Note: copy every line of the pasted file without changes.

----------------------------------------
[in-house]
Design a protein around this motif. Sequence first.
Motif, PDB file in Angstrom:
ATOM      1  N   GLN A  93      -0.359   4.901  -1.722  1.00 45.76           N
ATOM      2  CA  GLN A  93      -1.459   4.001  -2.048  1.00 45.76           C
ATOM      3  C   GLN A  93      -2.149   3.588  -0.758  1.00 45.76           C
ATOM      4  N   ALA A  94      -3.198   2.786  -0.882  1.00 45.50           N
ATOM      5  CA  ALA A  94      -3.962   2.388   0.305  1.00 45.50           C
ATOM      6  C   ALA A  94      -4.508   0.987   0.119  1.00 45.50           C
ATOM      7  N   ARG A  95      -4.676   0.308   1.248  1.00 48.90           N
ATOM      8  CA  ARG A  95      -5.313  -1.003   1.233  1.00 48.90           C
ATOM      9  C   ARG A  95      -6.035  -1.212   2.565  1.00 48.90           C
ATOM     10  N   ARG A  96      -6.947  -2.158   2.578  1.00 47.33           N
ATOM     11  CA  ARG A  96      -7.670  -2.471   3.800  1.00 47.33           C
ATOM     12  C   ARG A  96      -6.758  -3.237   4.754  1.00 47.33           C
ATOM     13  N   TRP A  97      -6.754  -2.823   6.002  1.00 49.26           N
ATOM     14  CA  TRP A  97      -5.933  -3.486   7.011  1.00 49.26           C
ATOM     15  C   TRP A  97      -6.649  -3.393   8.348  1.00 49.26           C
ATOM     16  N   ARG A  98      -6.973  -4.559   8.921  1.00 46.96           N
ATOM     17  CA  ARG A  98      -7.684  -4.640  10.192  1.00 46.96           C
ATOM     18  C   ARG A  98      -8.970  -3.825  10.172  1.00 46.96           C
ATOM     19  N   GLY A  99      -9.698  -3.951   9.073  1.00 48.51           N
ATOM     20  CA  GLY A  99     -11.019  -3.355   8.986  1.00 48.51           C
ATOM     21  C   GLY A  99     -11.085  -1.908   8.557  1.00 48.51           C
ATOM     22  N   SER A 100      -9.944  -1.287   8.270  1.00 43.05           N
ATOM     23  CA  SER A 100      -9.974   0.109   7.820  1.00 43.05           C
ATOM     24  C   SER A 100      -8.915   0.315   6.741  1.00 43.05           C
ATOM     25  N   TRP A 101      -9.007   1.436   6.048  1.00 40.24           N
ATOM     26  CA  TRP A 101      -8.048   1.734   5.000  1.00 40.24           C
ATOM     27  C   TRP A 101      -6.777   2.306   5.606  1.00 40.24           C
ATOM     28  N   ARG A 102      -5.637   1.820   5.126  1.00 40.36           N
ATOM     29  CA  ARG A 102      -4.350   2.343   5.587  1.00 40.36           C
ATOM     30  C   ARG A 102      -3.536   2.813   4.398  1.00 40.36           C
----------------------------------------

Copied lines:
[in-house]
Design a protein around this motif. Sequence first.
Motif, PDB file in Angstrom:
ATOM      1  N   GLN A  93      -0.359   4.901  -1.722  1.00 45.76           N
ATOM      2  CA  GLN A  93      -1.459   4.001  -2.048  1.00 45.76           C
ATOM      3  C   GLN A  93      -2.149   3.588  -0.758  1.00 45.76           C
ATOM      4  N   ALA A  94      -3.198   2.786  -0.882  1.00 45.50           N
ATOM      5  CA  ALA A  94      -3.962   2.388   0.305  1.00 45.50           C
ATOM      6  C   ALA A  94      -4.508   0.987   0.119  1.00 45.50           C
ATOM      7  N   ARG A  95      -4.676   0.308   1.248  1.00 48.90           N
ATOM      8  CA  ARG A  95      -5.313  -1.003   1.233  1.00 48.90           C
ATOM      9  C   ARG A  95      -6.035  -1.212   2.565  1.00 48.90           C
ATOM     10  N   ARG A  96      -6.947  -2.158   2.578  1.00 47.33           N
ATOM     11  CA  ARG A  96      -7.670  -2.471   3.800  1.00 47.33           C
ATOM     12  C   ARG A  96      -6.758  -3.237   4.754  1.00 47.33           C
ATOM     13  N   TRP A  97      -6.754  -2.823   6.002  1.00 49.26           N
ATOM     14  CA  TRP A  97      -5.933  -3.486   7.011  1.00 49.26           C
ATOM     15  C   TRP A  97      -6.649  -3.393   8.348  1.00 49.26           C
ATOM     16  N   ARG A  98      -6.973  -4.559   8.921  1.00 46.96           N
ATOM     17  CA  ARG A  98      -7.684  -4.640  10.192  1.00 46.96           C
ATOM     18  C   ARG A  98      -8.970  -3.825  10.172  1.00 46.96           C
ATOM     19  N   GLY A  99      -9.698  -3.951   9.073  1.00 48.51           N
ATOM     20  CA  GLY A  99     -11.019  -3.355   8.986  1.00 48.51           C
ATOM     21  C   GLY A  99     -11.085  -1.908   8.557  1.00 48.51           C
ATOM     22  N   SER A 100      -9.944  -1.287   8.270  1.00 43.05           N
ATOM     23  CA  SER A 100      -9.974   0.109   7.820  1.00 43.05           C
ATOM     24  C   SER A 100      -8.915   0.315   6.741  1.00 43.05           C
ATOM     25  N   TRP A 101      -9.007   1.436   6.048  1.00 40.24           N
ATOM     26  CA  TRP A 101      -8.048   1.734   5.000  1.00 40.24           C
ATOM     27  C   TRP A 101      -6.777   2.306   5.606  1.00 40.24           C
ATOM     28  N   ARG A 102      -5.637   1.820   5.126  1.00 40.36           N
ATOM     29  CA  ARG A 102      -4.350   2.343   5.587  1.00 40.36           C
ATOM     30  C   ARG A 102      -3.536   2.813   4.398  1.00 40.36           C